The etiology of adolescent idiopathic scoliosis is undetermined despite years of research. A number of hypotheses have been postulated to explain its development, including growth abnormalities. The irregular expression of growth hormone and insulin-like growth factor-1 (IGF-1) may disturb hormone metabolism, result in a gross asymmetry, and promote the progress of adolescent idiopathic scoliosis. Initial association studies in complex diseases have demonstrated the power of candidate gene association. Prior to our study, 1 study in this field had a negative result. A replicable study is vital for reliability. To determine the relationship of growth hormone receptor and IGF-1 genes with adolescent idiopathic scoliosis, a population-based association study was performed. Single nucleotide polymorphisms with potential function were selected from candidate genes and a distribution analysis was performed. A conclusion was made confirming the insufficiency of an association between adolescent idiopathic scoliosis and the single-nucleotide polymorphism of the growth hormone receptor and IGF-1 genes in Han Chinese.
Cross-platform microarray analysis is an increasingly important research tool, but researchers still lack open source tools for storing, integrating and analyzing large amounts of microarray data obtained from different array platforms.
Blood-feeding arthropods rely heavily on the pharmacological properties of their saliva to get a blood meal and suppress immune reactions of hosts. Little information is available on antihemostatic substances in horsefly salivary glands although their saliva has been thought to contain wide range of physiologically active molecules. In traditional Eastern medicine, horseflies are used as anti-thrombosis material for hundreds of years. By proteomics coupling transcriptome analysis with pharmacological testing, several families of proteins or peptides, which exert mainly on anti-thrombosis functions, were identified and characterized from 60,000 pairs of salivary glands of the horsefly Tabanus yao Macquart (Diptera, Tabanidae). They are: (I) ten fibrin(ogen)olytic enzymes, which hydrolyze specially alpha chain of fibrin(ogen) and are the first family of fibrin(ogen)olytic enzymes purified and characterized from arthropods; (II) another fibrin(ogen)olytic enzyme, which hydrolyzes both alpha and beta chain of fibrin(ogen); (III) ten Arg-Gly-Asp-motif containing proteins acting as platelet aggregation inhibitors; (IV) five thrombin inhibitor peptides; (V) three vasodilator peptides; (VI) one apyrase acting as platelet aggregation inhibitor; (VII) one peroxidase with both platelet aggregation inhibitory and vasodilator activities. The first three families are belonging to antigen five proteins, which show obvious similarity with insect allergens. They are the first members of the antigen 5 family found in salivary glands of blood sucking arthropods to have anti-thromobosis function. The current results imply a possible evolution from allergens of blood-sucking insects to anti-thrombosis agents. The extreme diversity of horsefly anti-thrombosis components also reveals the anti-thrombosis molecular mechanisms of the traditional Eastern medicine insect material.
Much attention has been paid on amphibian peptides for their wide-ranging pharmacological properties, clinical potential, and gene-encoded origin. More than 300 antimicrobial peptides (AMPs) from amphibians have been studied. Peptidomics and genomics analysis combined with functional test including microorganism killing, histamine-releasing, and mast cell degranulation was used to investigate antimicrobial peptide diversity. Thirty-four novel AMPs from skin secretions of Rana nigrovittata were identified in current work, and they belong to 9 families, including 6 novel families. Other three families are classified into rugosin, gaegurin, and temporin family of amphibian AMP, respectively. These AMPs share highly conserved preproregions including signal peptides and spacer acidic peptides, while greatly diversified on mature peptides structures. In this work, peptidomics combined with genomics analysis was confirmed to be an effective way to identify amphibian AMPs, especially novel families. Some AMPs reported here will provide leading molecules for designing novel antimicrobial agents.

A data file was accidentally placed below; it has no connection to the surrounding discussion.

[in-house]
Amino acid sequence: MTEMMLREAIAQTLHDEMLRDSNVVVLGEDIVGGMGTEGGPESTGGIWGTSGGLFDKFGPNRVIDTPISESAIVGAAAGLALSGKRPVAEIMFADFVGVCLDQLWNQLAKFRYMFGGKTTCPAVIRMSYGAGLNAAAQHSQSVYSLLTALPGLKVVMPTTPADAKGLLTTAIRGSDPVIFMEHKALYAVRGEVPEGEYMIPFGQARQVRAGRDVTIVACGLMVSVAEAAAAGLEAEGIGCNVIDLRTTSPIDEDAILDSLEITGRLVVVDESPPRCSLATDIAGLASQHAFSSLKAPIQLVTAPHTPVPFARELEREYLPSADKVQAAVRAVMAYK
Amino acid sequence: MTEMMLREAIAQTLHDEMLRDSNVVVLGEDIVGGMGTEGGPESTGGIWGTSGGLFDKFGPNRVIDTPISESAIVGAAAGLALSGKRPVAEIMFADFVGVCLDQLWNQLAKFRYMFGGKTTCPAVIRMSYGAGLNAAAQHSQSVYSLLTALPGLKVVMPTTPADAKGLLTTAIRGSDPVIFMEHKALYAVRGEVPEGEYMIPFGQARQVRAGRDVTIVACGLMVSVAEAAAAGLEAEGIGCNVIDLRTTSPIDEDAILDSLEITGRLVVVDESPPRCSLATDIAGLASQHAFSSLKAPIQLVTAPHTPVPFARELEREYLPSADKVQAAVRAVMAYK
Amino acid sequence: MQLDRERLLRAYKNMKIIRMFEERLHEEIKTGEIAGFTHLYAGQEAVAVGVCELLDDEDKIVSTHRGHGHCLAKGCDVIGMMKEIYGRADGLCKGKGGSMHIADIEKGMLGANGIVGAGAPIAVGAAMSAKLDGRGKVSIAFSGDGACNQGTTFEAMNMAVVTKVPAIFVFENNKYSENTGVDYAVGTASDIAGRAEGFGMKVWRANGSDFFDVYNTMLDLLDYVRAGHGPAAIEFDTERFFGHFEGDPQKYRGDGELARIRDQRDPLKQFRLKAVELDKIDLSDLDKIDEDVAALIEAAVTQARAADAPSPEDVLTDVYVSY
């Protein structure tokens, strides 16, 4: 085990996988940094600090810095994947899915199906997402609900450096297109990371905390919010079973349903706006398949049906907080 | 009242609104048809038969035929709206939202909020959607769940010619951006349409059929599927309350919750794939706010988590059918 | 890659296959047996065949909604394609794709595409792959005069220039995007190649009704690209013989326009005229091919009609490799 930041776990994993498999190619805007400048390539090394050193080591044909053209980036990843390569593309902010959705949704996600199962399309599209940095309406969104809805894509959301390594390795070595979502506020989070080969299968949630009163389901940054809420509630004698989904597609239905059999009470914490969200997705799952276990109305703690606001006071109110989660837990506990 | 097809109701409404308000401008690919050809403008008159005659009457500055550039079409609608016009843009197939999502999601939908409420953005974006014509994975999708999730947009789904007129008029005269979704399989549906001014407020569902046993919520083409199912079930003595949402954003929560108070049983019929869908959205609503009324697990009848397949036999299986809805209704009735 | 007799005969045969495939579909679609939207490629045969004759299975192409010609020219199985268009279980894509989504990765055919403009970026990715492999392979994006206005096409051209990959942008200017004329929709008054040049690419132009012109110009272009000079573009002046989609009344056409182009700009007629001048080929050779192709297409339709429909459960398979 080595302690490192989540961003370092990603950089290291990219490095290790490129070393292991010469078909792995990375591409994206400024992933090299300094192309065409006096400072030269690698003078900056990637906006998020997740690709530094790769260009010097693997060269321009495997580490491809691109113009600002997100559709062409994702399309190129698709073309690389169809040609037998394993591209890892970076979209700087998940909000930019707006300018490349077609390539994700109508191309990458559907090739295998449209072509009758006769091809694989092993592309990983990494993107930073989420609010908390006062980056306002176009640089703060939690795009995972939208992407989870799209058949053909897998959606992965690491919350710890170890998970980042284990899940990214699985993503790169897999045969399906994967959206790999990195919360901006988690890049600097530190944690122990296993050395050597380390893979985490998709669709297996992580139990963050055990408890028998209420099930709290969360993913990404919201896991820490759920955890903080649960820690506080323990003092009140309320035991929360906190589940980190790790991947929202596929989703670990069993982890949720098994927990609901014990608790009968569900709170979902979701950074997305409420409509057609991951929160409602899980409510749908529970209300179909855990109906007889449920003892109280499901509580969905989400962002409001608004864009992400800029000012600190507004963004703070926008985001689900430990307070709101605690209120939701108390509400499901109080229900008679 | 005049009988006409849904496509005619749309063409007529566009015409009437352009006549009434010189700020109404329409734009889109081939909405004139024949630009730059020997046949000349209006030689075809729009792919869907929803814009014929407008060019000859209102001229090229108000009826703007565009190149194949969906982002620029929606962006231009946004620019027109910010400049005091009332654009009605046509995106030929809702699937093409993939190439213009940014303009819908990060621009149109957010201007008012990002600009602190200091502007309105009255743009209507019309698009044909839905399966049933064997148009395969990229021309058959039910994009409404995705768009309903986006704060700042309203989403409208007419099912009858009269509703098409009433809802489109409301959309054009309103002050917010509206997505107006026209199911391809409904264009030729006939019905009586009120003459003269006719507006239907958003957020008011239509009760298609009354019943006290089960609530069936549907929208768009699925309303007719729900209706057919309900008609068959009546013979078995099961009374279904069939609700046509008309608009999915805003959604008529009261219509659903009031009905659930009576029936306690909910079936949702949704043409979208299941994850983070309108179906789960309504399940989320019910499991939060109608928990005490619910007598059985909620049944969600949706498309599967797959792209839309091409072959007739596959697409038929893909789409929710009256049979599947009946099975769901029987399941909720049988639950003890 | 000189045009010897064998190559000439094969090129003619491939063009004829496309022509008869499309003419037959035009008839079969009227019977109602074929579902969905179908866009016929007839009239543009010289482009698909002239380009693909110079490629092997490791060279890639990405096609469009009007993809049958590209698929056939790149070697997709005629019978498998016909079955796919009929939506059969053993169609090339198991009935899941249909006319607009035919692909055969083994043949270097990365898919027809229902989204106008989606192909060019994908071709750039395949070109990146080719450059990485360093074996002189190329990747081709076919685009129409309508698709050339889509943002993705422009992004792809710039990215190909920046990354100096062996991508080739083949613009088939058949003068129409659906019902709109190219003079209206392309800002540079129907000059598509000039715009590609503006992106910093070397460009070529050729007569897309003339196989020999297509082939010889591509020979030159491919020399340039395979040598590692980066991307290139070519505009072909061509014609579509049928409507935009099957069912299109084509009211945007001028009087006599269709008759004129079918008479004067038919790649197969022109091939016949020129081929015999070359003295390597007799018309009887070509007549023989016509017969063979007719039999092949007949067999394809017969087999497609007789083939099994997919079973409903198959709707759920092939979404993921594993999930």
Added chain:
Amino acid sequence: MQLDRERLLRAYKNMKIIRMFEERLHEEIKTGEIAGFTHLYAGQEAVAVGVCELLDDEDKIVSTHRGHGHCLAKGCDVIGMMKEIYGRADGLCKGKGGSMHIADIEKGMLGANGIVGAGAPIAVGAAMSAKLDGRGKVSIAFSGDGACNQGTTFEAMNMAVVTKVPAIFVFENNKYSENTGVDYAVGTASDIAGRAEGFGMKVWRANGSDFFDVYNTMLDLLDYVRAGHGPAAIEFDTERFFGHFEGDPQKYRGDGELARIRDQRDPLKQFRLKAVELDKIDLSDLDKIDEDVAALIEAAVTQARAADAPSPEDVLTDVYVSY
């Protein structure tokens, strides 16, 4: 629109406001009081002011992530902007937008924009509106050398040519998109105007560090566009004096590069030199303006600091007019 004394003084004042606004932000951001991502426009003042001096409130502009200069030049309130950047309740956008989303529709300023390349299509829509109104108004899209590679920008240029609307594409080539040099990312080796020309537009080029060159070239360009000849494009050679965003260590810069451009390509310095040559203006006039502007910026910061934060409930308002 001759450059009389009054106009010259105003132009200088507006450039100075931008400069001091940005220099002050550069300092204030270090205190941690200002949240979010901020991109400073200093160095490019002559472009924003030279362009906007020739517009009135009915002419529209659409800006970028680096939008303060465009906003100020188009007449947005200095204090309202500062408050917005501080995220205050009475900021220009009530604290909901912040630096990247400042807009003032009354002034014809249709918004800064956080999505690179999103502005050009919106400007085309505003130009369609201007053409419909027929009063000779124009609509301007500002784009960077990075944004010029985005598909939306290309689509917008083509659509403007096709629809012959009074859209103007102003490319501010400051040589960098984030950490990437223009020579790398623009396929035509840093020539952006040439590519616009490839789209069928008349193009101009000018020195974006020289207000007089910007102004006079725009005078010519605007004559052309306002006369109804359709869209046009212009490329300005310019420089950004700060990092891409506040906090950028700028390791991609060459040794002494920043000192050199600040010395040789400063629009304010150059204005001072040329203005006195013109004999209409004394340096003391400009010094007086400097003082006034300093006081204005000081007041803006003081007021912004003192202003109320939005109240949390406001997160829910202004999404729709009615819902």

Classification and regression trees have long been used for cancer diagnosis and prognosis. Nevertheless, instability and variable selection bias, as well as overfitting, are well-known problems of tree-based methods. In this article, we investigate whether ensemble tree classifiers can ameliorate these difficulties, using data from two recent studies of radical prostatectomy in prostate cancer.
Lipid membranes structurally define the outer surface and internal organelles of cells. The multitude of proteins embedded in lipid bilayers are clearly functionally important, yet they remain poorly defined. Even today, integral membrane proteins represent a special challenge for current large scale shotgun proteomics methods. Here we used endothelial cell plasma membranes isolated directly from lung tissue to test the effectiveness of four different mass spectrometry-based methods, each with multiple replicate measurements, to identify membrane proteins. In doing so, we substantially expanded this membranome to 1,833 proteins, including >500 lipid-embedded proteins. The best method combined SDS-PAGE prefractionation with trypsin digestion of gel slices to generate peptides for seamless and continuous two-dimensional LC/MS/MS analysis. This three-dimensional separation method outperformed current widely used two-dimensional methods by significantly enhancing protein identifications including single and multiple pass transmembrane proteins; >30% are lipid-embedded proteins. It also profoundly improved protein coverage, sensitivity, and dynamic range of detection and substantially reduced the amount of sample and the number of replicate mass spectrometry measurements required to achieve 95% analytical completeness. Such expansion in comprehensiveness requires a trade-off in heavy instrument time but bodes well for future advancements in truly defining the ever important membranome with its potential in network-based systems analysis and the discovery of disease biomarkers and therapeutic targets. This analytical strategy can be applied to other subcellular fractions and should extend the comprehensiveness of many future organellar proteomics pursuits.
The polysaccharides in Jerusalem artichoke (JA) carry a substantial amount of energy that can be partly accessed through bioconversion into storable fuels. We review the potential for converting inulin into a variety of high value-added biorefinery products, including biofuels and biochemicals, and consider the feasibility of regarding JA as a model species of an inulin-rich crop. We discuss feedstock pretreatment, microorganisms used during fermentation, biorefinery products derived from JA, and how to enhance the economic competitiveness of JA as an energy crop.
Cyanobacteria are photoautotrophic prokaryotes with wide variations in genome sizes and ecological habitats. Peroxiredoxin (PRX) is an important protein that plays essential roles in protecting own cells against reactive oxygen species (ROS). PRXs have been identified from mammals, fungi and higher plants. However, knowledge on cyanobacterial PRXs still remains obscure. With the availability of 37 sequenced cyanobacterial genomes, we performed a comprehensive comparative analysis of PRXs and explored their diversity, distribution, domain structure and evolution.
Cerebral infarction has become one of the leading diseases and a major mortality factor around the world. Atherosclerosis is recognized as one of the important causes of ischemic stroke. Recently, accumulating evidences have indicated that the anti-inflammatory and anti-apoptotic functions of the HSP70 family play an important role in cerebral ischemia. However, the association between HSP70 SNPs and ischemic stroke was also not well established. We chose 101 cases of cerebral ischemia and 100 healthy people from the Chinese Han population as our study subjects, and PCR-RFLP was employed to analyze HSP70 polymorphisms: HSP70-1+190G/C, HSP70-2+1267A/G and HSP70-hom+2437T/C. There were no significant differences in +1267A/G allele or genotype frequencies between patients with stroke and healthy controls. However, genotypes of +190CG and +2437TT were differentially distributed between the patients and controls. A significant difference of T allele distribution in the HSP70-hom+2437T/C site was observed. Logistic regression analysis indicated that genotypes of +190CG, +2437TT and T allele in HSP70-hom were risk factors of ischemic stroke. Moreover, the study has formulated that the interactions between hypertension and +190CG or +2437TT may increase the risks of ischemic stroke. The results from this study have suggested a clinical indicator for assessing the possibilities of cerebral stroke, and supply basis to clinicians to give precaution to people who are at risk of stroke.